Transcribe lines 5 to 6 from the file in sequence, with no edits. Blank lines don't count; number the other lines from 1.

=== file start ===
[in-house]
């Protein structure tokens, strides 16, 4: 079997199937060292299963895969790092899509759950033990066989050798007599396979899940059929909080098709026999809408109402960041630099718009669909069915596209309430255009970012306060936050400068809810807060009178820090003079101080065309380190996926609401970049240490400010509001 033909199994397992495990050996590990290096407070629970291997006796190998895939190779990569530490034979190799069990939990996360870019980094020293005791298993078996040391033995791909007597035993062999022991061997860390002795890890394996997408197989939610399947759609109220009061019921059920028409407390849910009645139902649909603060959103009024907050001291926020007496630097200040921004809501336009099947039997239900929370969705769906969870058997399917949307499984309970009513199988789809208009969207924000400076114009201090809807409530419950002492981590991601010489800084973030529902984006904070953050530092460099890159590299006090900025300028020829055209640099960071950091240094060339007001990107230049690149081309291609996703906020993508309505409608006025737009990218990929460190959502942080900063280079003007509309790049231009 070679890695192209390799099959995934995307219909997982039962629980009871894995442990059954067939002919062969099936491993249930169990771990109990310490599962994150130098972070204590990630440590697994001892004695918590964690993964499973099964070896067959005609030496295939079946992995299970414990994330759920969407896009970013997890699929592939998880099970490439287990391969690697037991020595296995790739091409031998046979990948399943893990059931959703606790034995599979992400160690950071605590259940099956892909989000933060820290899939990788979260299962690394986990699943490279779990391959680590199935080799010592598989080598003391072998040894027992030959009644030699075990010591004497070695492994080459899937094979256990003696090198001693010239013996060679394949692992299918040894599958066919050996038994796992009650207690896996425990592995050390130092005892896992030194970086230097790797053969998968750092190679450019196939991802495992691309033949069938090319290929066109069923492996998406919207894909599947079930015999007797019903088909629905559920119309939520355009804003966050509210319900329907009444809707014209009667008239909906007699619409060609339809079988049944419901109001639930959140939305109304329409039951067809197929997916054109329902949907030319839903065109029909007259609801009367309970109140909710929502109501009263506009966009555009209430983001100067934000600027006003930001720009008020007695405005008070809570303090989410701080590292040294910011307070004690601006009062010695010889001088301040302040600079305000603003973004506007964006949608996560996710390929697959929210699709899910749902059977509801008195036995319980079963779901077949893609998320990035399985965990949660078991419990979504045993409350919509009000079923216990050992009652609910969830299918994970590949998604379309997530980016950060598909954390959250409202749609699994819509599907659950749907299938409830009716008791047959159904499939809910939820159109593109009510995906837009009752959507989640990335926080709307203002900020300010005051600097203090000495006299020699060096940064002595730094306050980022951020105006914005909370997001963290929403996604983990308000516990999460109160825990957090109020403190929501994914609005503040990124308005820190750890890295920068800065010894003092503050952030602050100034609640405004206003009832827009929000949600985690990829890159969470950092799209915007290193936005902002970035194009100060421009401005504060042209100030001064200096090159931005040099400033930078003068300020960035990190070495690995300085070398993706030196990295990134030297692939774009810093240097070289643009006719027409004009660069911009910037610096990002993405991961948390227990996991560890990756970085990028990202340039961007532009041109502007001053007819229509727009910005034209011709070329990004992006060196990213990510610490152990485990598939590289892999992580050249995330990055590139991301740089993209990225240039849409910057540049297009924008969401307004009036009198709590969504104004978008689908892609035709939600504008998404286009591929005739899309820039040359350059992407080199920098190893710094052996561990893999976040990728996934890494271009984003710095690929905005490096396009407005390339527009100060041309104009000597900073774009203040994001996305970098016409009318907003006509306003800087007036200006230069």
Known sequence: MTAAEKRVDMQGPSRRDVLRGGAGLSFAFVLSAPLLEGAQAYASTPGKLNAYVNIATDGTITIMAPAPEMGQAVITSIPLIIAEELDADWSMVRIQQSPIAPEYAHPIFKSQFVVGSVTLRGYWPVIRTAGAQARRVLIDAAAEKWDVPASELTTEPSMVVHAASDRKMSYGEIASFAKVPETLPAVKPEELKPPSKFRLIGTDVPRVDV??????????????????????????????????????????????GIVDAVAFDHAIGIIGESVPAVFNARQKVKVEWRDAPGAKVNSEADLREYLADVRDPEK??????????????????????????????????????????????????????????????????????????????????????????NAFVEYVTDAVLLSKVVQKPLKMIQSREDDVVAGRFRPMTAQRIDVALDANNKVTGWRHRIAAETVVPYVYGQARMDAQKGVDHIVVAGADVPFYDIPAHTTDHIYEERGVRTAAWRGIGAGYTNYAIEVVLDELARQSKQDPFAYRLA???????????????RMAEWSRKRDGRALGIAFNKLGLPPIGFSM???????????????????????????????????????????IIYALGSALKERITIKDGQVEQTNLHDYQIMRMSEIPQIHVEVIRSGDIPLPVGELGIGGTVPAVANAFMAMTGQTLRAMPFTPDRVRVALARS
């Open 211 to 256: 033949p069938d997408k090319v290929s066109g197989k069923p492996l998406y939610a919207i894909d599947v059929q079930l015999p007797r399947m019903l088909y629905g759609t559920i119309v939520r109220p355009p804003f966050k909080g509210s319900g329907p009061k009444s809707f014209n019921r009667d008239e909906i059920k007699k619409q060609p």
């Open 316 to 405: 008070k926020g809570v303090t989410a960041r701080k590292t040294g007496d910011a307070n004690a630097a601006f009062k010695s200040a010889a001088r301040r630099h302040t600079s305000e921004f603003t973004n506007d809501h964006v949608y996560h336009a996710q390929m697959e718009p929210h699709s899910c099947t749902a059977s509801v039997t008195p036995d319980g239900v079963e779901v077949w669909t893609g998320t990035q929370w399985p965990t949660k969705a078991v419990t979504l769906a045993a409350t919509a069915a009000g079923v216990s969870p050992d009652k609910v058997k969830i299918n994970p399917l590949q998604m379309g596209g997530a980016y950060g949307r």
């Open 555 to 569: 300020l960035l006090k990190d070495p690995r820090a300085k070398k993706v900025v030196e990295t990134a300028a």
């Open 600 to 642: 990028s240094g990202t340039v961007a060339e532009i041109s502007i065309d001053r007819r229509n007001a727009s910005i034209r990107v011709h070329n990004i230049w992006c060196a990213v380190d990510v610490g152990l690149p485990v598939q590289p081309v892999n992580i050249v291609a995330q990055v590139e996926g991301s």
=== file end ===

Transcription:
């Open 316 to 405: 008070k926020g809570v303090t989410a960041r701080k590292t040294g007496d910011a307070n004690a630097a601006f009062k010695s200040a010889a001088r301040r630099h302040t600079s305000e921004f603003t973004n506007d809501h964006v949608y996560h336009a996710q390929m697959e718009p929210h699709s899910c099947t749902a059977s509801v039997t008195p036995d319980g239900v079963e779901v077949w669909t893609g998320t990035q929370w399985p965990t949660k969705a078991v419990t979504l769906a045993a409350t919509a069915a009000g079923v216990s969870p050992d009652k609910v058997k969830i299918n994970p399917l590949q998604m379309g596209g997530a980016y950060g949307r």
């Open 555 to 569: 300020l960035l006090k990190d070495p690995r820090a300085k070398k993706v900025v030196e990295t990134a300028a």